EU deploys new strategy in standards battle with China

Europe stresses ‚democratic values‘ as it seeks more clout over high-tech rules

For Nikkei Asia

HAMBURG, Germany — The European Commission has unveiled a new standardization strategy that underscores the growing geopolitical significance of the rules that govern all sorts of products and technologies, particularly amid the West’s tensions with China.

The framework released this week comes against a backdrop of European companies complaining that they have been increasingly disadvantaged by China’s growing clout in standard-setting processes for strategic sectors.

Standards for the most complex devices to the simplest tools and parts are set and imposed to ensure products are reliable, safe and work anywhere. But the new blueprint will expand the scope of the European Union’s standardization system from a focus on product safety to shaping the technologies of the future.

Priorities include technologies related to green and digital transitions — such as the recycling of critical raw materials and developments in clean hydrogen, low-carbon cement, semiconductors and data collection — as well as COVID-19 vaccines and medicines.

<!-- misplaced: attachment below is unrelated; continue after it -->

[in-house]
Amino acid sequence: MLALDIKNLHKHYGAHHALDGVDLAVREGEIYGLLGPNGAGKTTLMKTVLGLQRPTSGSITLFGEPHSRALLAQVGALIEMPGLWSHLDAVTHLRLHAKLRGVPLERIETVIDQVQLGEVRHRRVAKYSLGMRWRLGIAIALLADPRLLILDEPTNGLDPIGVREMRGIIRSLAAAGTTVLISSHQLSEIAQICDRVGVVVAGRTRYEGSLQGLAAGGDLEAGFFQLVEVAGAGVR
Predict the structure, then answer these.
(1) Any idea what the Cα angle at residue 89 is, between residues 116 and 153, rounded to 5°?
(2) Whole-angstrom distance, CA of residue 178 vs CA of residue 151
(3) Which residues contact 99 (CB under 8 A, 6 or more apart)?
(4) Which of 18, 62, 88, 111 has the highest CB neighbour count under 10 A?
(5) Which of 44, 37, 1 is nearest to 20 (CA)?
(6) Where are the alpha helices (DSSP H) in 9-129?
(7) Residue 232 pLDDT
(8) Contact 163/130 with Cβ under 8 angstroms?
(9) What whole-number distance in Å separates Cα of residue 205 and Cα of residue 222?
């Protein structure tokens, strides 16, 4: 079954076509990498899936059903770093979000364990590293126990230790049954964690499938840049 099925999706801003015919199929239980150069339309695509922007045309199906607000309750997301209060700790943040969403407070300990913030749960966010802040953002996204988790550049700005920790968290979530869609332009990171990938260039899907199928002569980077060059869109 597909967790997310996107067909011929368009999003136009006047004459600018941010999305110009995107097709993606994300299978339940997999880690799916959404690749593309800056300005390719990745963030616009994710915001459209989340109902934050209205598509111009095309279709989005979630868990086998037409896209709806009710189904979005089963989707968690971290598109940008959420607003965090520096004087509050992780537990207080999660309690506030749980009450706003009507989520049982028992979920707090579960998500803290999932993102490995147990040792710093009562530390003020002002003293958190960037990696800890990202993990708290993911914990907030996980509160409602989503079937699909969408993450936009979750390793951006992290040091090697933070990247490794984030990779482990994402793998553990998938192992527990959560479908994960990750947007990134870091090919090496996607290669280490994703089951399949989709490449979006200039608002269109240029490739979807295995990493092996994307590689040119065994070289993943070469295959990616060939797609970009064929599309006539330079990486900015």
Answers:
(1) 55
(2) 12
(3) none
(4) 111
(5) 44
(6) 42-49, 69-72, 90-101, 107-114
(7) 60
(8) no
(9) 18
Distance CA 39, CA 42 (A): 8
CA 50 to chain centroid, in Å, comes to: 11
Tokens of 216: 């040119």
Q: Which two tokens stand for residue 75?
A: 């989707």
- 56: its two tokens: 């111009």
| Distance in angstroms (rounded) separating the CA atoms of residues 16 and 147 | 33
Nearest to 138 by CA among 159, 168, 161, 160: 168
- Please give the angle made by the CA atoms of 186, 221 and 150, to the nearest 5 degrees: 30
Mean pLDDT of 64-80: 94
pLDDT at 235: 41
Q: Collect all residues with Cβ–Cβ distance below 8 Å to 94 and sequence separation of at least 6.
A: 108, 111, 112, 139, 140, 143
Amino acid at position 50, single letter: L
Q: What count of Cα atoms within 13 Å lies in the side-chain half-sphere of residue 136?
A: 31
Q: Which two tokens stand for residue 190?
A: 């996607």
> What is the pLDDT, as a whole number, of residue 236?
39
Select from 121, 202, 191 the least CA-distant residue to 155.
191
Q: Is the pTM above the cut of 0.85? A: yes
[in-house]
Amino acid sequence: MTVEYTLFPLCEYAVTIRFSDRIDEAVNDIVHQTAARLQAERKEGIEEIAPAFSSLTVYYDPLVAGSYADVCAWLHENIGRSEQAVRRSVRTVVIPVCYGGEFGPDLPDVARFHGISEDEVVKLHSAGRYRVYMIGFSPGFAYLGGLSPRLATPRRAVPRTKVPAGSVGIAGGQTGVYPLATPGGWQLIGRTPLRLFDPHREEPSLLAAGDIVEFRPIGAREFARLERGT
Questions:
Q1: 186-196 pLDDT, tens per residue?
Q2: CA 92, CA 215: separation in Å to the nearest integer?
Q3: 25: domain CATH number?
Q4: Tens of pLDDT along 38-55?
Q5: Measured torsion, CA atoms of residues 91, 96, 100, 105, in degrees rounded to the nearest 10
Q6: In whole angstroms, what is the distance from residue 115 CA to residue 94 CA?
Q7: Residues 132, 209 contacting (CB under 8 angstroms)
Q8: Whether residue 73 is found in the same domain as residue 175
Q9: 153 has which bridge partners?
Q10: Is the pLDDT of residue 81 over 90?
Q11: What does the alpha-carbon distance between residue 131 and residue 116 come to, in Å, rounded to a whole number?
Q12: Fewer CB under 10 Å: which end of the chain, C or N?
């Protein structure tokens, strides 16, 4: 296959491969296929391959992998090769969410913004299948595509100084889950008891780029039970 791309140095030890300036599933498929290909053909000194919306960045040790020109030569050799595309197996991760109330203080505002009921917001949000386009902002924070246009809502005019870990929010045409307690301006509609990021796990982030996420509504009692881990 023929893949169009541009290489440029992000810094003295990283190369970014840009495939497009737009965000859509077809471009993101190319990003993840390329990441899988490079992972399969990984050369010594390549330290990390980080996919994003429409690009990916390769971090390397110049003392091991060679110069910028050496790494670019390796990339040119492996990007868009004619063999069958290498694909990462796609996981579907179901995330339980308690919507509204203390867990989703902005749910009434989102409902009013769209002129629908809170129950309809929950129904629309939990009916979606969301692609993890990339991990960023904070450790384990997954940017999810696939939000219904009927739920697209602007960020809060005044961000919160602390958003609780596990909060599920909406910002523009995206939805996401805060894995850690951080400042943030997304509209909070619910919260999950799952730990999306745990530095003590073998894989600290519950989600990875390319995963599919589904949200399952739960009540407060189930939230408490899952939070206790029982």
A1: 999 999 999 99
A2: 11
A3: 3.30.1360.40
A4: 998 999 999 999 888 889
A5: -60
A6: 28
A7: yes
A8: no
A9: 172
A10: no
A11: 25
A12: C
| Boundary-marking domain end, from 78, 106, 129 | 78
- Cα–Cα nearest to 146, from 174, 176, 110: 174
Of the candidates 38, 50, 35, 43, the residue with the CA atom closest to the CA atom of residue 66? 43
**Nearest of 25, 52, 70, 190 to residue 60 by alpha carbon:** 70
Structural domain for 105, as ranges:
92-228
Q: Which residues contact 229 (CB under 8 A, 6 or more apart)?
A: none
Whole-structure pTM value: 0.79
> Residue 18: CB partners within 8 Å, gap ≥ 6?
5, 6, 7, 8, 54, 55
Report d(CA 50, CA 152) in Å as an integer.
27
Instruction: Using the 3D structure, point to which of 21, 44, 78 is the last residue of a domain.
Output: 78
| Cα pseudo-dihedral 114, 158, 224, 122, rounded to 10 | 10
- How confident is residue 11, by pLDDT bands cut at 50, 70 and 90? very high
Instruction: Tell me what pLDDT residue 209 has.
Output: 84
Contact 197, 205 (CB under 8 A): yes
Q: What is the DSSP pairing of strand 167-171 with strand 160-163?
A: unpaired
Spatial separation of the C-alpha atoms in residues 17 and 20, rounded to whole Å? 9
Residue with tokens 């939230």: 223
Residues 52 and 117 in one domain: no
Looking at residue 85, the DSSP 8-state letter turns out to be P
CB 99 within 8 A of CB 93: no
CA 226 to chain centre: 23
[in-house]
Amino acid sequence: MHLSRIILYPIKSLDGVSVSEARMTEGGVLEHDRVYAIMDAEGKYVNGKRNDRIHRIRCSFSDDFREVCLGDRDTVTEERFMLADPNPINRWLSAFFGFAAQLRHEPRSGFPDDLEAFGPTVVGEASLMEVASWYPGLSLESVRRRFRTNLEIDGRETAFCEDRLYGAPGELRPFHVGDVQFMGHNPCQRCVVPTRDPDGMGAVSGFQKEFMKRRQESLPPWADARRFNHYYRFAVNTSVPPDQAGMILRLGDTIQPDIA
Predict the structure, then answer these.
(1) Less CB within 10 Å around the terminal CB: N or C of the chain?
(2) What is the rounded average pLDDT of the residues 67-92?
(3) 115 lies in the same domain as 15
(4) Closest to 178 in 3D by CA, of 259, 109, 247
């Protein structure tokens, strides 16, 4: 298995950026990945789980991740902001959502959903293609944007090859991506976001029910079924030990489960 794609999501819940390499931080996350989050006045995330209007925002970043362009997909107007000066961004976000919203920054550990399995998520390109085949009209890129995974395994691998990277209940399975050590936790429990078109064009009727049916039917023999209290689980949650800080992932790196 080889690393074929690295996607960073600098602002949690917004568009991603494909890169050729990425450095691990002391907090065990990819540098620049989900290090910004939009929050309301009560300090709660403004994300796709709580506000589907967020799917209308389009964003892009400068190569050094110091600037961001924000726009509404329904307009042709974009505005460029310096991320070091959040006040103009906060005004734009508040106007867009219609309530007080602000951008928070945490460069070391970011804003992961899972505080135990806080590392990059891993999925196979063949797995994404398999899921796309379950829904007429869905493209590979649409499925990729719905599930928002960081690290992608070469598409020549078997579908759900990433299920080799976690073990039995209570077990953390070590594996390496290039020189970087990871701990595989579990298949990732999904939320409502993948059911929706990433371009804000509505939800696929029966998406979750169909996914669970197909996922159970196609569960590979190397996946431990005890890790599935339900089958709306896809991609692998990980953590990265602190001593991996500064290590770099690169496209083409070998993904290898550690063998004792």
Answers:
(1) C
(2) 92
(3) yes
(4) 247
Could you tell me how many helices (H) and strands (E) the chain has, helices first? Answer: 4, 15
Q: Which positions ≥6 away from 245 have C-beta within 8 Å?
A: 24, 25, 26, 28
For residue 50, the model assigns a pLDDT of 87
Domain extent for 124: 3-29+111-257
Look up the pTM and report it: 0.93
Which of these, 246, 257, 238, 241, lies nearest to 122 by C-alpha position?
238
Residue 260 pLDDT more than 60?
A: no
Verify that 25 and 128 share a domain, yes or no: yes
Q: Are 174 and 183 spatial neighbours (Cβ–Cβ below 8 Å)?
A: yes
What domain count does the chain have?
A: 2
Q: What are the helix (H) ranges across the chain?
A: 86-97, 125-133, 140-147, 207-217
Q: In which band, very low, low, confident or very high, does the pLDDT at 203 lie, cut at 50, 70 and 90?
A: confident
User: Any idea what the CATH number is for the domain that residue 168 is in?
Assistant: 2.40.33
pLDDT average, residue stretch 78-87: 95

The EC will also fund standardization projects in neighboring countries and Africa, and will pursue more coordination between EU member states and „like-minded“ partners — a term often used to differentiate fellow democracies from autocracies, in particular China.

Efforts to ensure that data is protected in artificial intelligence technologies or that mobile devices are safe from hacking „rely on standards and must be in line with EU democratic values,“ stressed Margrethe Vestager, EC chief for digital and competition affairs, in announcing the strategy, which came out early on Thursday in Asia.

„We need standards for the rollout of important investment projects, like hydrogen or batteries, and to valorize innovation investment by providing EU companies with an important first-mover advantage,“ she said.


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